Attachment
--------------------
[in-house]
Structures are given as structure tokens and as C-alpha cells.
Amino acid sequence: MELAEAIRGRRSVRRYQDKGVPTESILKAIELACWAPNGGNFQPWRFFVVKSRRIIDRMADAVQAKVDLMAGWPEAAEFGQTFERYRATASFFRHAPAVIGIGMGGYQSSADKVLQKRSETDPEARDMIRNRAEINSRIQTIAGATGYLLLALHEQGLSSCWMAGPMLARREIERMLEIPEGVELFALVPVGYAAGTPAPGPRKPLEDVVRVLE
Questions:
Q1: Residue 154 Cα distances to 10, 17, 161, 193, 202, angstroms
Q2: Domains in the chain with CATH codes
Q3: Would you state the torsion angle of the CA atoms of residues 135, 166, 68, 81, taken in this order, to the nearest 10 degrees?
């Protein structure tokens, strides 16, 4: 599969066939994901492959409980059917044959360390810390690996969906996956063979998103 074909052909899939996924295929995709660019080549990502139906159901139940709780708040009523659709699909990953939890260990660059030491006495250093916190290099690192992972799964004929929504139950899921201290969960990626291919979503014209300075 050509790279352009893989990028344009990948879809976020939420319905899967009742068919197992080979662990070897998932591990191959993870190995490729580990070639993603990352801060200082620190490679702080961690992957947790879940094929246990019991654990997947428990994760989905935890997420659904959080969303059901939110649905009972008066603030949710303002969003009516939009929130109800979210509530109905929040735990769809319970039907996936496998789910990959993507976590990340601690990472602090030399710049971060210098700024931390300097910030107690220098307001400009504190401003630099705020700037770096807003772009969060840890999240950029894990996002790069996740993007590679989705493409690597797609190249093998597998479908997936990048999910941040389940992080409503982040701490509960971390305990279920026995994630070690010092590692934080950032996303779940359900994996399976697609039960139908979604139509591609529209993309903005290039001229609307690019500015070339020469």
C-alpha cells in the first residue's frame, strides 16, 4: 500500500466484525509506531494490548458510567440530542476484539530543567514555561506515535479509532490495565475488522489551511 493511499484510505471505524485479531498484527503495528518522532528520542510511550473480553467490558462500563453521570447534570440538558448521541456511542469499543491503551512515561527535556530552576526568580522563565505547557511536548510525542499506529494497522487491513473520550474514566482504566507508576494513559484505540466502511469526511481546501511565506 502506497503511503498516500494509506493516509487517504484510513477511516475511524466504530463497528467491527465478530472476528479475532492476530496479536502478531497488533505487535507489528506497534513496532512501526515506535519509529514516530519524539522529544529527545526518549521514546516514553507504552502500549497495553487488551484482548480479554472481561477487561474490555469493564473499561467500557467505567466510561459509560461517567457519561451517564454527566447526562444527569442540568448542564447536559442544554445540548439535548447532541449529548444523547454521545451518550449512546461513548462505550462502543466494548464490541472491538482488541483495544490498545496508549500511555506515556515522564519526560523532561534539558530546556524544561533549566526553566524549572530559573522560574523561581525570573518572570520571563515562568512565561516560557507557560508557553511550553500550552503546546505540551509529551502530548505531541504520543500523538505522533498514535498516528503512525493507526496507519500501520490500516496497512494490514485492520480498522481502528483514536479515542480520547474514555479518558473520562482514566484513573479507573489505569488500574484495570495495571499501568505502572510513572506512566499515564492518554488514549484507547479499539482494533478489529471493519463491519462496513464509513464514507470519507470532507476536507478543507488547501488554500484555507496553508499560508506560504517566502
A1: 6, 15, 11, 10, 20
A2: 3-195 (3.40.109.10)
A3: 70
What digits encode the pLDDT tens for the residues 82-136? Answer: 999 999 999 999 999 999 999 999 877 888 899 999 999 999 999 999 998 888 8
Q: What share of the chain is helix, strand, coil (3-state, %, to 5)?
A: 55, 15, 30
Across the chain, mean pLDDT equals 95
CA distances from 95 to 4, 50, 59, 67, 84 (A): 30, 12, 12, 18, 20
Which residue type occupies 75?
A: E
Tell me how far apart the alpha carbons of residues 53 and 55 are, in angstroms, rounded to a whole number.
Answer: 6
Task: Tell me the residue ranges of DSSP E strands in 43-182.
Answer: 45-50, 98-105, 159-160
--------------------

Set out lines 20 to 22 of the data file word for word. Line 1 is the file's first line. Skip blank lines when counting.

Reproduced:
Tell me how far apart the alpha carbons of residues 53 and 55 are, in angstroms, rounded to a whole number.
Answer: 6
Task: Tell me the residue ranges of DSSP E strands in 43-182.